So now you’ve been offered a ton of interviews! (Manifesting that for you!) Now what?
Here’s my advice on how to KILL your residency interviews!
Attend each pre-interview social! This is important because it is your time to interact with the residents and ask them questions that you may not feel comfortable asking a PD or faculty member. Residents spill tea during these sessions and believe it or not most times you can tell if you’d vibe with them or not. It’s also so nice of them to take the time to talk to applicants! They could be sleeping or spending time with loved ones, but here they are on Zoom with you! These will be your seniors and chiefs next year so make every effort to attend.
Oh and please don’t ask residents what they do in their spare time! They don’t have any. *cries*
Print out your ERAS application/CV and have it with you to refer back to. You can have it up on your desktop during interviews, but maybe save yourself the stress of having to navigate multiple tabs. Just read thru it to remind yourself of activities you may have done in your pre-clinical years.
If you conducted research, you better know the hypothesis, methods, and results! You need to act like this is the most important research the world has ever seen. If the research was done in a specialty different from the one you are applying to, don’t worry it happens all the time. Most of my publications were not in OB/GYN. The fact that you know the research method is the most important thing.
Some programs will send you a list of the faculty and resident interviewers. It would be wise if you Google them and just write down a few points on them (e.g. their subspeciality, research, etc). You may find that some of these people have similarities to you and it can help when they ask you if you have any questions.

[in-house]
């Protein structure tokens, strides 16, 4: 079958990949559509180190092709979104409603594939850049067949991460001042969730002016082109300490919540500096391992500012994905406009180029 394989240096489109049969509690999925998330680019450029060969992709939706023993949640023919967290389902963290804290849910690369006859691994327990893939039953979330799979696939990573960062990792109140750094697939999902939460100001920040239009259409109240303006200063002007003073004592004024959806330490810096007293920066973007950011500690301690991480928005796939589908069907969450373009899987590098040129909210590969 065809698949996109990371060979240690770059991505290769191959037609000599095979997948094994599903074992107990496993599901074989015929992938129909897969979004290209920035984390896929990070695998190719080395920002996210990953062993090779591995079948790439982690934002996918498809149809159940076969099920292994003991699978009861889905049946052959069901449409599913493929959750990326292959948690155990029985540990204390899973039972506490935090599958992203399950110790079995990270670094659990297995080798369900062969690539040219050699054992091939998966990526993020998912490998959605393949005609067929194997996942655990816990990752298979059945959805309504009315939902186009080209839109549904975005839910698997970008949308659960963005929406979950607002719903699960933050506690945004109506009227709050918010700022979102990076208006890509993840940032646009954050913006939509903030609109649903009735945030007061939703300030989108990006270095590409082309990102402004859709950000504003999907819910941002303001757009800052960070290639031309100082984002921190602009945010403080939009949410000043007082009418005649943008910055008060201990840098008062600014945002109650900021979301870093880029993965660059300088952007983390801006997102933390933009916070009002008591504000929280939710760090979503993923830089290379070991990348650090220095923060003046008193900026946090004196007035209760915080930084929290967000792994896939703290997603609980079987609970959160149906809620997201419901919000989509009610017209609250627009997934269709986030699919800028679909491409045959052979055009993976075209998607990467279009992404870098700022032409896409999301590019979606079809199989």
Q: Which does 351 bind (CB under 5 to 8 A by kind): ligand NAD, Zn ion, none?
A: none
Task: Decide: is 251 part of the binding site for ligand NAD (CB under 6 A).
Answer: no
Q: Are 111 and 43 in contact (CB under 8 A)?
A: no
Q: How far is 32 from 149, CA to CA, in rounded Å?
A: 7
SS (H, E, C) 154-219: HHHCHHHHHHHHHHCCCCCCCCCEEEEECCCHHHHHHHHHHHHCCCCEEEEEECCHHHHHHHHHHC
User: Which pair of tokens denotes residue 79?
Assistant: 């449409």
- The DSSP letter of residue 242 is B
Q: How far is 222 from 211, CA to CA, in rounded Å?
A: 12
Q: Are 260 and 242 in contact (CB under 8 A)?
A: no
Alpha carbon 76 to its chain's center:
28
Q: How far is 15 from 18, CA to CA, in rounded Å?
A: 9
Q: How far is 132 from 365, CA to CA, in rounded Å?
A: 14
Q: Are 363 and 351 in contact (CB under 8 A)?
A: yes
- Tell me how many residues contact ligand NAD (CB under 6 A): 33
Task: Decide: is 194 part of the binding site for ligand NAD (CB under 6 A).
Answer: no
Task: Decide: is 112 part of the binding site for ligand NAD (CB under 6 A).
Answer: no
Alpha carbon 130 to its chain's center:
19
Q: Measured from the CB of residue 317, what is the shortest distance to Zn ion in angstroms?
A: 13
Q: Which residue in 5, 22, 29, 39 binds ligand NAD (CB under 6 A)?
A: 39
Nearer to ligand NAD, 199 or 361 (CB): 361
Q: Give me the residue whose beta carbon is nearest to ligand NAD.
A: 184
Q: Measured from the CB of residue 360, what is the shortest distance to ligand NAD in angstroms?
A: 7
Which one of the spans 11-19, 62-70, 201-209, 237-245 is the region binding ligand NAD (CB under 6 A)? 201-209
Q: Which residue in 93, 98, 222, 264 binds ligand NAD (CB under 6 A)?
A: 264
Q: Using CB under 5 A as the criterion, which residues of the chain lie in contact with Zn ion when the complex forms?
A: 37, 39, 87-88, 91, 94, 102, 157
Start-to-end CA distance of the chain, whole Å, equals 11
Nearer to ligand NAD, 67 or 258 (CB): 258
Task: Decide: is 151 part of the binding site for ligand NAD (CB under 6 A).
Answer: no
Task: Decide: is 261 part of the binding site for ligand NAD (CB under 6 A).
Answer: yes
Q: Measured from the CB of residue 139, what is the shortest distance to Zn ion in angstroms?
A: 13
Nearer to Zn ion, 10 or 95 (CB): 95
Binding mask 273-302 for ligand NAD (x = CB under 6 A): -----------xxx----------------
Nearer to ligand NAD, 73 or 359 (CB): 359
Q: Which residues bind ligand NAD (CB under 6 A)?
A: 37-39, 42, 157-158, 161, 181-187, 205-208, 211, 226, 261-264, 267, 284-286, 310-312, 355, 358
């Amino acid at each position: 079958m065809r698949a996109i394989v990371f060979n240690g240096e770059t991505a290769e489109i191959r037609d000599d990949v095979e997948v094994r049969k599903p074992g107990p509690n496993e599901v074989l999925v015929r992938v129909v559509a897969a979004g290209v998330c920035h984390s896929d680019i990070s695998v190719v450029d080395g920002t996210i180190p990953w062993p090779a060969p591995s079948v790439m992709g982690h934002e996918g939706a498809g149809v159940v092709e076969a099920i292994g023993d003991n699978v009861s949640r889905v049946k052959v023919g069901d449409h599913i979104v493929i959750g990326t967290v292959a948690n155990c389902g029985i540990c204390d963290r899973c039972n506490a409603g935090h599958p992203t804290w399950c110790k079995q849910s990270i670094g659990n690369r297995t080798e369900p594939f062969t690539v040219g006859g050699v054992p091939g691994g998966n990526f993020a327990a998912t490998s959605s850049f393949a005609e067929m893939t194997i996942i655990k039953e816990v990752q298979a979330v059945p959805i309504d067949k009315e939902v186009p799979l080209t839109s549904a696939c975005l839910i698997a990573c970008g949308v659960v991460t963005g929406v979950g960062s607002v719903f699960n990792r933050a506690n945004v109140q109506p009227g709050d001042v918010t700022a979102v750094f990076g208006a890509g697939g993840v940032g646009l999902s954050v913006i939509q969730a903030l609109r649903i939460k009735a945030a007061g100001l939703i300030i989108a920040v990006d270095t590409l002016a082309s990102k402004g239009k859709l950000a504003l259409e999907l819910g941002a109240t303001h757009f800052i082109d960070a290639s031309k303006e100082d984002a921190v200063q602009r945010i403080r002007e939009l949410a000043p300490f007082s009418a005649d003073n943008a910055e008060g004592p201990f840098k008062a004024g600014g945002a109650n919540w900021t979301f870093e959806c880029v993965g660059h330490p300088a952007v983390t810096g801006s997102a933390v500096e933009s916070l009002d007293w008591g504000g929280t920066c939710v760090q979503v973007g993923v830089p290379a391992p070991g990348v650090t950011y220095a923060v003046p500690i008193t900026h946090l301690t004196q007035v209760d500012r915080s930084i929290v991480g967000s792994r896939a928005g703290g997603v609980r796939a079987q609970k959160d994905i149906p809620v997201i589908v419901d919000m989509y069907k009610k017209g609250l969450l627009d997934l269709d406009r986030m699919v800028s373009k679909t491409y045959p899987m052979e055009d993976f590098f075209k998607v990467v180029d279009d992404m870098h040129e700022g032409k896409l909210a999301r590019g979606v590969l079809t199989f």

Make sure you have reviewed any interview materials they have given you. Often they provide packets that may answer a lot of questions you may have. Don’t forget to review the program’s website as well.
I’m going to give you some links with sample questions. Spend some time scrolling through them and reflecting, but this doesn’t have to feel like studying for STEP. Use this time to remind yourself of things about yourself that you may have forgotten because you were too busy doing UWORLD questions.
My top 5 questions you should definitely have an answer for:
- “Tell me about yourself?” Have your elevator pitch ready- 1 min telling about yourself without fully regurgitating your CV- they have read your CV
- “What are your greatest strengths/weaknesses?”
- “Why this program?”
- “What inspired you to go into [insert specialty here]?”
- Explain any “red flags” in your application (board or clerkship failures, leave of absence, etc)
Links to Sample Interview Questions
AAMC Sample Residency Interview Questions
110 Residency Interview Questions
100 More Residency Interview Questions
Often interviewers will ask trickier behavioral questions to assess…your behavior! Lol No, but seriously, these questions help them assess your critical thinking and reasoning. If you get tripped up, just take a breath and answer to the best of your ability!
Examples of behavioral questions here: https://education.uwmedicine.org/wp-content/uploads/2019/06/Interviewing-for-Residency.pdf
“Do you have any questions for me?“
Again make sure you have reviewed the website so that you aren’t asking questions that could have been easily answered if you just reviewed the website.